- iCloud: I use iCloud storage for several reasons. As I’m all in on Apple, the first one is to store my photos, Bear notes, emails, and the files I want to have always accessible.
However, there’s another big thing I use it for: having the top-tier iCloud storage (which gives 2TB cloud space), I store all my active projects in the cloud as well. That way, if I lose or break my Macbook, I’ll be able to quickly sync everything to a new one. It’s an extra layer of security, and a convenient way to be able to access all that info at any time or location, from the phone too.
My system for working with active files:
Here’s the last piece of the puzzle, which makes my daily work super easy: I have a NAS folder called “Active”, and I have it linked via Synology Drive to my MacBook’s Desktop!
So… how does this work?
Well, all I have to do is work in folders on my Desktop, and without thinking or doing anything else, they will be backed up to my NAS (2-way sync) as soon as I’m on my home network, which is usually the case. AND they’ll be backed up to the cloud too, via iCloud.
I find this extremely convenient: just by working in one place, it makes a local copy and a cloud copy of the same files. And if I delete something important by mistake… well, I have Time Machine of the Mac set up to my NAS, so it’ll let me go back in time.
Additionally, the Active folder in the NAS has an amazing Synology feature active, which is called Snapshot Replication, and that will also let you go back in time, even for some cases of hacking where someone tries to encrypt your files.
With this I feel secure enough for backups of my files, while all is pretty automated. Not an expert at all (and please don’t hack me 🥺) but I hope this helps.
iOS 15 introduced Focus, which lets your switch your device into specific configurations that only show you certain apps, block certain notifications (or all) and only allow calls and messages from specific people.
I use this pretty drastically as well, and I have a focus mode that is on all day by default, which only allows calls and messages from very specific people to notify me. And for the rest, all notifications off, period.
I don’t want any external inputs adding noise while my attention is elsewhere (remember we’re single core processors), so I’m really precious about any immediate requests for my attention. I won’t take 90% of calls, as they’re basically muted. If they’re urgent or they’re from family (or people trained to know they shouldn’t call me for non-urgent-and-important things) they will sound, thanks of my filtered list on my focus mode. If they sound and they’re not urgent and important, I will probably get angry and this might indirectly serve as an improvement to the future functioning of the system 😄.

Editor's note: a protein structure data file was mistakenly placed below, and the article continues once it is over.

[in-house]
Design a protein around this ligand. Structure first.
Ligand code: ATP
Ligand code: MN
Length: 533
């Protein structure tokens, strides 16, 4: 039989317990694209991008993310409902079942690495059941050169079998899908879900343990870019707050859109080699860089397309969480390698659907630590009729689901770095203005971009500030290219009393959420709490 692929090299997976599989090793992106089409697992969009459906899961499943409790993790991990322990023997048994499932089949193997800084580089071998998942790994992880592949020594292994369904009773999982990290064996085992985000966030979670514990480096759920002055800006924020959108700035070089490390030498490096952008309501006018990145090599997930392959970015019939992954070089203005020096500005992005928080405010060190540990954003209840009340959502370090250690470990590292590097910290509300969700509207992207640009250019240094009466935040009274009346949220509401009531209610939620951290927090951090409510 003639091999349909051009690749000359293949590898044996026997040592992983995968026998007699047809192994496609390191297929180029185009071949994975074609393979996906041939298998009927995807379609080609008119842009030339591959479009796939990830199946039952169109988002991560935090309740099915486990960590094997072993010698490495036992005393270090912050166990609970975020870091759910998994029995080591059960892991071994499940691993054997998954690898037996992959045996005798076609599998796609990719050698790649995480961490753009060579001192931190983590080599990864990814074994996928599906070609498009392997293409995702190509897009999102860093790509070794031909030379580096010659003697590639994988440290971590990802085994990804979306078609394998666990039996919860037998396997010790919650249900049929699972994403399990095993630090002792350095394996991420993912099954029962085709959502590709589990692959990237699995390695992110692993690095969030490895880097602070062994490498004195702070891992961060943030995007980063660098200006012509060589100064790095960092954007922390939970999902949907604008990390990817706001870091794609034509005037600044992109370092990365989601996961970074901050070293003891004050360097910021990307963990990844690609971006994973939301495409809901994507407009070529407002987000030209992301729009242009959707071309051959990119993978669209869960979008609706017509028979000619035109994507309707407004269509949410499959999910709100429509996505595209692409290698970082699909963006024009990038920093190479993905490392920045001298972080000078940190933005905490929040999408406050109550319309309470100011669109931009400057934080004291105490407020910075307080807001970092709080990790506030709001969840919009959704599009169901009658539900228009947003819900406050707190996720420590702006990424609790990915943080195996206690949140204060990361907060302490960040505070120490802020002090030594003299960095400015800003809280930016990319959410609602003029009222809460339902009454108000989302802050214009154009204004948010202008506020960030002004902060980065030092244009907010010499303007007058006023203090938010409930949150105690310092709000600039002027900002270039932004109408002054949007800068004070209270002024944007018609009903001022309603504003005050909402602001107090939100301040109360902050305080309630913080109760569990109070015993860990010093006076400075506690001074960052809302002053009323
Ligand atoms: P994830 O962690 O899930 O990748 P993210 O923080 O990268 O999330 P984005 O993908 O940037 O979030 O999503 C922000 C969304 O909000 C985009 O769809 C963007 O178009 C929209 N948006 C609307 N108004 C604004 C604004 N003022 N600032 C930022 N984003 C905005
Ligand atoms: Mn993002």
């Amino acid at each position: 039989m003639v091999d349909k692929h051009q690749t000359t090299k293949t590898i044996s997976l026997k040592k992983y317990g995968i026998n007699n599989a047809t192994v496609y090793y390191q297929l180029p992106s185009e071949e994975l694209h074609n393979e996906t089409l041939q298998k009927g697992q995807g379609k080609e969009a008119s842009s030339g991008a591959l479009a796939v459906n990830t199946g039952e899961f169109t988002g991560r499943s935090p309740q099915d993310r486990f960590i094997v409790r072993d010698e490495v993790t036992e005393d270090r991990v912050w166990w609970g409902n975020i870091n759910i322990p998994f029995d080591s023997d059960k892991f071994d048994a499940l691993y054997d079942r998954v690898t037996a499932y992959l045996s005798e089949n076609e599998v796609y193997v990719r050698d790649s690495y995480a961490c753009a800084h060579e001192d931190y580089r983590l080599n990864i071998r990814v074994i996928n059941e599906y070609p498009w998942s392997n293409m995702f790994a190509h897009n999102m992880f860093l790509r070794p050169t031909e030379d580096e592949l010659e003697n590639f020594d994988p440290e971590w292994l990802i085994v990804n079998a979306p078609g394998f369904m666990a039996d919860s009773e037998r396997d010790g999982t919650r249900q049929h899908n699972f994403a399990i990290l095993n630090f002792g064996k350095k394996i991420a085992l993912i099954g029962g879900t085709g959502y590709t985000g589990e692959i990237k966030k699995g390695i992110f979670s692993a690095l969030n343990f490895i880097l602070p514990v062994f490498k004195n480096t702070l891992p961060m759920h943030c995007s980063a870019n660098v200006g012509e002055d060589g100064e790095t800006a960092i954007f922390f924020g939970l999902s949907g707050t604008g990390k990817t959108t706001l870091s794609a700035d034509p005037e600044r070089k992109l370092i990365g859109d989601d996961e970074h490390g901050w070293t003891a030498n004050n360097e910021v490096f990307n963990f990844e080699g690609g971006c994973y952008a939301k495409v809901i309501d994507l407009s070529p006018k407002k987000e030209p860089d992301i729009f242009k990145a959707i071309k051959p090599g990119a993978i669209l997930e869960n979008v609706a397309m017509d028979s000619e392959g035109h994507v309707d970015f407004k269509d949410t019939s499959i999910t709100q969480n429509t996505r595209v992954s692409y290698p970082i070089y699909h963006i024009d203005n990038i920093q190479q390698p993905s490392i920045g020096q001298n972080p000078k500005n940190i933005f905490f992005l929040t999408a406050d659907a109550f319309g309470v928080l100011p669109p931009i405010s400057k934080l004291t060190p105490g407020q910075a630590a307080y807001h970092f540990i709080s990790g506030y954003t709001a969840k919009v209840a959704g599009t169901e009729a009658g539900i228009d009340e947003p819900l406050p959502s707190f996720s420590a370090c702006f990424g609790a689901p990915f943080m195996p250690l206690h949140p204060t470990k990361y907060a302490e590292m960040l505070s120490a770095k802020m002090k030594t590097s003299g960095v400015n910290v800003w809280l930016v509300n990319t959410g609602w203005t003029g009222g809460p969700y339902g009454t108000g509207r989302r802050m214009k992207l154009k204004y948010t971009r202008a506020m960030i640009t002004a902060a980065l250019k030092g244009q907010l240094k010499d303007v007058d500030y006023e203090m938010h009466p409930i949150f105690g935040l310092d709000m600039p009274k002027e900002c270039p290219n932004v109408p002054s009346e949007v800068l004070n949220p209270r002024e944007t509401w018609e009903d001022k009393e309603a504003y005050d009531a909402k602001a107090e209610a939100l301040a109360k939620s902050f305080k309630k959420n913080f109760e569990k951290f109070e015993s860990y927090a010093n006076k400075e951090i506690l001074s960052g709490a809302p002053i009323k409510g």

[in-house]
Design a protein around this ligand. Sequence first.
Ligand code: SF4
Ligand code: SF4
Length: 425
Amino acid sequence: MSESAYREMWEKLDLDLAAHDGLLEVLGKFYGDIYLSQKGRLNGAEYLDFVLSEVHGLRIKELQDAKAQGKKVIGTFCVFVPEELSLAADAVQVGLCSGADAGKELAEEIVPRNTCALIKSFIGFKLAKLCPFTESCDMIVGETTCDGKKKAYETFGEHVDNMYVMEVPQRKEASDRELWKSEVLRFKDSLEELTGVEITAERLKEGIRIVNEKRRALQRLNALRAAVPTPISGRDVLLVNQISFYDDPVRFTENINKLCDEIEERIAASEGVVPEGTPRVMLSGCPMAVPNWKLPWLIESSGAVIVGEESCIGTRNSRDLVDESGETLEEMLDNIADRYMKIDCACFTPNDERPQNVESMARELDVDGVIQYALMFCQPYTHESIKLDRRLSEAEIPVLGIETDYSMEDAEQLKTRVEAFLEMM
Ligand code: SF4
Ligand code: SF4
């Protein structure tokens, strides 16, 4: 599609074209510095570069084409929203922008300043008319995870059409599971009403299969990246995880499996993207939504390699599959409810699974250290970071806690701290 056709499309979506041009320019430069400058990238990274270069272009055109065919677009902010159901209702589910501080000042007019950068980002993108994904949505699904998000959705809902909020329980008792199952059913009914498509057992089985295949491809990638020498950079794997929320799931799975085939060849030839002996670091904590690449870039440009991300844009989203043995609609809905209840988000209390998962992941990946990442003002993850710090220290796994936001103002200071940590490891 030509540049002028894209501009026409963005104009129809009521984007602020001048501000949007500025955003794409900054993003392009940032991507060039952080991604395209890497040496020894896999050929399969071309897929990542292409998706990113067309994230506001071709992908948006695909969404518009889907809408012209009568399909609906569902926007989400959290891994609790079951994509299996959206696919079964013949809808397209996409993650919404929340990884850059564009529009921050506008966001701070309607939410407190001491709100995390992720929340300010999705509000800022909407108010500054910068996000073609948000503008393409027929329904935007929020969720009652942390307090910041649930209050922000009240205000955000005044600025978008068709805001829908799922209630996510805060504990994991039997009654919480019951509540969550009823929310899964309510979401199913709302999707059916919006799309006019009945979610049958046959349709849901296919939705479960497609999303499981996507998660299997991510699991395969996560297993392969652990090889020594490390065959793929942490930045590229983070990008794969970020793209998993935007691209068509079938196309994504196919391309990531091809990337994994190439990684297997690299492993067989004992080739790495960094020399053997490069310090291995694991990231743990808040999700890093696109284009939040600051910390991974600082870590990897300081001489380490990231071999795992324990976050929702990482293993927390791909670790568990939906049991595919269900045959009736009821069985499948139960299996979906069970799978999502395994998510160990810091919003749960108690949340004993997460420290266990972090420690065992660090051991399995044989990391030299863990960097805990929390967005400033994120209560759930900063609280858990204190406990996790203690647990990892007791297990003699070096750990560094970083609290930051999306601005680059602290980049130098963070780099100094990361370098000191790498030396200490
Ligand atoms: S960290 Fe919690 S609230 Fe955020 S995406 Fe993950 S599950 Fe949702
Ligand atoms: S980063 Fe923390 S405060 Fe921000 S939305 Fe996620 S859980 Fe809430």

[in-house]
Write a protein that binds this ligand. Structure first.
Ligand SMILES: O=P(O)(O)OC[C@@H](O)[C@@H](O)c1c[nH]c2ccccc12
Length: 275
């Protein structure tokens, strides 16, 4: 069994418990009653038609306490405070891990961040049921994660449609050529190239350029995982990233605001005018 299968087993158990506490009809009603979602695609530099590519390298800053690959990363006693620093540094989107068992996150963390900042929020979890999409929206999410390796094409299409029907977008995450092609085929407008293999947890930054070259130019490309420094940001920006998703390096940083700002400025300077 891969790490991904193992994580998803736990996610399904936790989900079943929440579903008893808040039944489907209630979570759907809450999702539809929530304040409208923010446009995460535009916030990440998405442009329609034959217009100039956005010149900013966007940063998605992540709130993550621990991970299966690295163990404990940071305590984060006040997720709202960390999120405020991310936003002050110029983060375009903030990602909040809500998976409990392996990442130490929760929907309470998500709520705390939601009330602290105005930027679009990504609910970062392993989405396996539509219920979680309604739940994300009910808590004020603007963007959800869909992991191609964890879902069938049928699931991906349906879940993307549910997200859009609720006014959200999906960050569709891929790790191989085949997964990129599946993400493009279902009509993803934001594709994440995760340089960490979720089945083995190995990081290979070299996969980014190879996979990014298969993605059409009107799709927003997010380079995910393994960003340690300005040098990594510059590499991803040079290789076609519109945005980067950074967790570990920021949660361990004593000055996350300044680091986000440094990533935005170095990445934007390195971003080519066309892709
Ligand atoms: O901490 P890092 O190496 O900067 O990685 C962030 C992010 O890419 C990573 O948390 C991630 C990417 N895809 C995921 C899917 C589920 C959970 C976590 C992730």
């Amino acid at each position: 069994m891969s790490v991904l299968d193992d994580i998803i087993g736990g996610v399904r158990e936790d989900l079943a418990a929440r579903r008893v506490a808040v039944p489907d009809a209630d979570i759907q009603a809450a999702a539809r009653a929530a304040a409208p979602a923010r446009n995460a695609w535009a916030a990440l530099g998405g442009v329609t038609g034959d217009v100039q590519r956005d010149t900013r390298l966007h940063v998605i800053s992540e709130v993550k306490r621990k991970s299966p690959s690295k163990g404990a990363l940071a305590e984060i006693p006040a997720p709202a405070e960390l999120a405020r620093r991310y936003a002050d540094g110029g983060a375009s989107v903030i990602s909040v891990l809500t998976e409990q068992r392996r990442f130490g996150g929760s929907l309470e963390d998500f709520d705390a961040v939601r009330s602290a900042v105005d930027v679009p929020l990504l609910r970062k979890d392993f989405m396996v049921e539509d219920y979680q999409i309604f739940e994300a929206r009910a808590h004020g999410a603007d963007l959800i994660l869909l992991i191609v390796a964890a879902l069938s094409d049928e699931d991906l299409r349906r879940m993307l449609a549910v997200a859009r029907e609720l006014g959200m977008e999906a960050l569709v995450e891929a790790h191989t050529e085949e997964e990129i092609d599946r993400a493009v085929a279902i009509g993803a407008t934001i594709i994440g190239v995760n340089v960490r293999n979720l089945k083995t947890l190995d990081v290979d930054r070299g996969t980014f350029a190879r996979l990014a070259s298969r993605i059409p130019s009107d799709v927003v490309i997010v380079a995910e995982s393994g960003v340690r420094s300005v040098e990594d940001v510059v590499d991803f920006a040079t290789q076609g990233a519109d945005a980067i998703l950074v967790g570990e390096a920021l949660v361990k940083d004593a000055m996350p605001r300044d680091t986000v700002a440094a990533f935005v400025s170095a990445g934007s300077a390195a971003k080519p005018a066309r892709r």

I use the free version of Raycast and it has all of the features I need. It becomes your portal to opening apps, integrating with different services, looking for files, adding text snippets and shortcuts to everything else, etc.
- Text Snippets let you define a short text that anytime you write (in any software!) it will automagically be turned into a longer text you also define. And it can even contain special codes such as the date. @@o will write my work email. @@p my personal email. ;tn will translate into today’s date in numbers. One other useful Snippet I have, for instance, is the meeting template: By writing ;mt it will add all the text to start a meeting, either in Bear or Notion: some headers (To discuss, Discussed, Action items), the date, and placeholders for text, items and attendees, as well as a simple tag #meetings.
- Addons: You can find many plugins available for free on the Raycast Store. They’ll let you perform a variety tasks from finding your IP, pushing to a git repo, all the way to getting dad jokes or chatting with ChatGPT.
Won’t talk more about this now but feel free to look at the tool’s website if you’d like to learn all it can do. Pretty crazy.
I have all sorts of hotkeys setup to make it quick to access my most-used apps and tasks.
While working on my Mac (on any app):
- Cmd+Space will show the Raycast Hotbox.
- Alt+Space will open a quick note in Bear.
- Ctrl+Space will create a new task in Things.
- Hyperkey + B will open Bear.
Also, if there’s any website you like and would like to always have at hand, web browsers such as Google Chrome have a feature to save it as a desktop shortcut. That will save it to your computer as if it were an app. And do you know what you can do with apps in Raycast? Exactly, add a hotkey! So I have hotkeys for Google Mail, ChatGPT and other websites I always want to keep quick to access. And they’ll even load up inside the correct Chrome user profile.